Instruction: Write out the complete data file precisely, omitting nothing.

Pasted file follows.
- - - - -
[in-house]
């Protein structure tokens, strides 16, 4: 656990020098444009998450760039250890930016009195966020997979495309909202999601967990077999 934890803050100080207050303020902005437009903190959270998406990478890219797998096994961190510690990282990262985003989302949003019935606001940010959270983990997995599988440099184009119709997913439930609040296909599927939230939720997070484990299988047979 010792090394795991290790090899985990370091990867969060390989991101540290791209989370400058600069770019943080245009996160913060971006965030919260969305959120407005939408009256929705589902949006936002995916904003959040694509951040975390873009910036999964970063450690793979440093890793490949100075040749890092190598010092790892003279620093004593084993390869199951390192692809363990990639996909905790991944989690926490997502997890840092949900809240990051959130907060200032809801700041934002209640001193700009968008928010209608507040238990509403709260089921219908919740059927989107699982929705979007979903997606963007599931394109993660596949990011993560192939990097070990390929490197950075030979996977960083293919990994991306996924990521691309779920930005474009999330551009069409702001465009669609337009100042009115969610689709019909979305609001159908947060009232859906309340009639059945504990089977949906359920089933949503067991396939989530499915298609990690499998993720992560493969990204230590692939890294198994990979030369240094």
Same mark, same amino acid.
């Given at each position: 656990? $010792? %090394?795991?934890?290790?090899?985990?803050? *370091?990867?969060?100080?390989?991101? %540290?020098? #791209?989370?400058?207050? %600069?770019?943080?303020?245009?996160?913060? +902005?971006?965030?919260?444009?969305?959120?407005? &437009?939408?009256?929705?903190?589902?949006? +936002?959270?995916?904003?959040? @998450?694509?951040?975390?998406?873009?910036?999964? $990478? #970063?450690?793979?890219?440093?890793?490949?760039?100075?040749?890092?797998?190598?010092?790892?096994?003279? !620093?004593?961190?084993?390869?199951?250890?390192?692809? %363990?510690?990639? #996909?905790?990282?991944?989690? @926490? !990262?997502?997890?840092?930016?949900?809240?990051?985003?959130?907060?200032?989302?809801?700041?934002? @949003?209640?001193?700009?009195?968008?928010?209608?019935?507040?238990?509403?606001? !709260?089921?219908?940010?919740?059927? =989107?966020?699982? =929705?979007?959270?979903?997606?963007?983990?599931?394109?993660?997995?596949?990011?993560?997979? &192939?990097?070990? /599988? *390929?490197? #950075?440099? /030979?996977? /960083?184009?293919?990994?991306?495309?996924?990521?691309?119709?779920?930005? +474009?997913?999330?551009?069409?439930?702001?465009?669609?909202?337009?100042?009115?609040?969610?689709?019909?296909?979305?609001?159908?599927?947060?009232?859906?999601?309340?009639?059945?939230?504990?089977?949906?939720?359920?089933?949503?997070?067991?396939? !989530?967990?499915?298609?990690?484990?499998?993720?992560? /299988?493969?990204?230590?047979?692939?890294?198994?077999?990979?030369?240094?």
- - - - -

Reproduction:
[in-house]
């Protein structure tokens, strides 16, 4: 656990020098444009998450760039250890930016009195966020997979495309909202999601967990077999 934890803050100080207050303020902005437009903190959270998406990478890219797998096994961190510690990282990262985003989302949003019935606001940010959270983990997995599988440099184009119709997913439930609040296909599927939230939720997070484990299988047979 010792090394795991290790090899985990370091990867969060390989991101540290791209989370400058600069770019943080245009996160913060971006965030919260969305959120407005939408009256929705589902949006936002995916904003959040694509951040975390873009910036999964970063450690793979440093890793490949100075040749890092190598010092790892003279620093004593084993390869199951390192692809363990990639996909905790991944989690926490997502997890840092949900809240990051959130907060200032809801700041934002209640001193700009968008928010209608507040238990509403709260089921219908919740059927989107699982929705979007979903997606963007599931394109993660596949990011993560192939990097070990390929490197950075030979996977960083293919990994991306996924990521691309779920930005474009999330551009069409702001465009669609337009100042009115969610689709019909979305609001159908947060009232859906309340009639059945504990089977949906359920089933949503067991396939989530499915298609990690499998993720992560493969990204230590692939890294198994990979030369240094």
Same mark, same amino acid.
């Given at each position: 656990? $010792? %090394?795991?934890?290790?090899?985990?803050? *370091?990867?969060?100080?390989?991101? %540290?020098? #791209?989370?400058?207050? %600069?770019?943080?303020?245009?996160?913060? +902005?971006?965030?919260?444009?969305?959120?407005? &437009?939408?009256?929705?903190?589902?949006? +936002?959270?995916?904003?959040? @998450?694509?951040?975390?998406?873009?910036?999964? $990478? #970063?450690?793979?890219?440093?890793?490949?760039?100075?040749?890092?797998?190598?010092?790892?096994?003279? !620093?004593?961190?084993?390869?199951?250890?390192?692809? %363990?510690?990639? #996909?905790?990282?991944?989690? @926490? !990262?997502?997890?840092?930016?949900?809240?990051?985003?959130?907060?200032?989302?809801?700041?934002? @949003?209640?001193?700009?009195?968008?928010?209608?019935?507040?238990?509403?606001? !709260?089921?219908?940010?919740?059927? =989107?966020?699982? =929705?979007?959270?979903?997606?963007?983990?599931?394109?993660?997995?596949?990011?993560?997979? &192939?990097?070990? /599988? *390929?490197? #950075?440099? /030979?996977? /960083?184009?293919?990994?991306?495309?996924?990521?691309?119709?779920?930005? +474009?997913?999330?551009?069409?439930?702001?465009?669609?909202?337009?100042?009115?609040?969610?689709?019909?296909?979305?609001?159908?599927?947060?009232?859906?999601?309340?009639?059945?939230?504990?089977?949906?939720?359920?089933?949503?997070?067991?396939? !989530?967990?499915?298609?990690?484990?499998?993720?992560? /299988?493969?990204?230590?047979?692939?890294?198994?077999?990979?030369?240094?």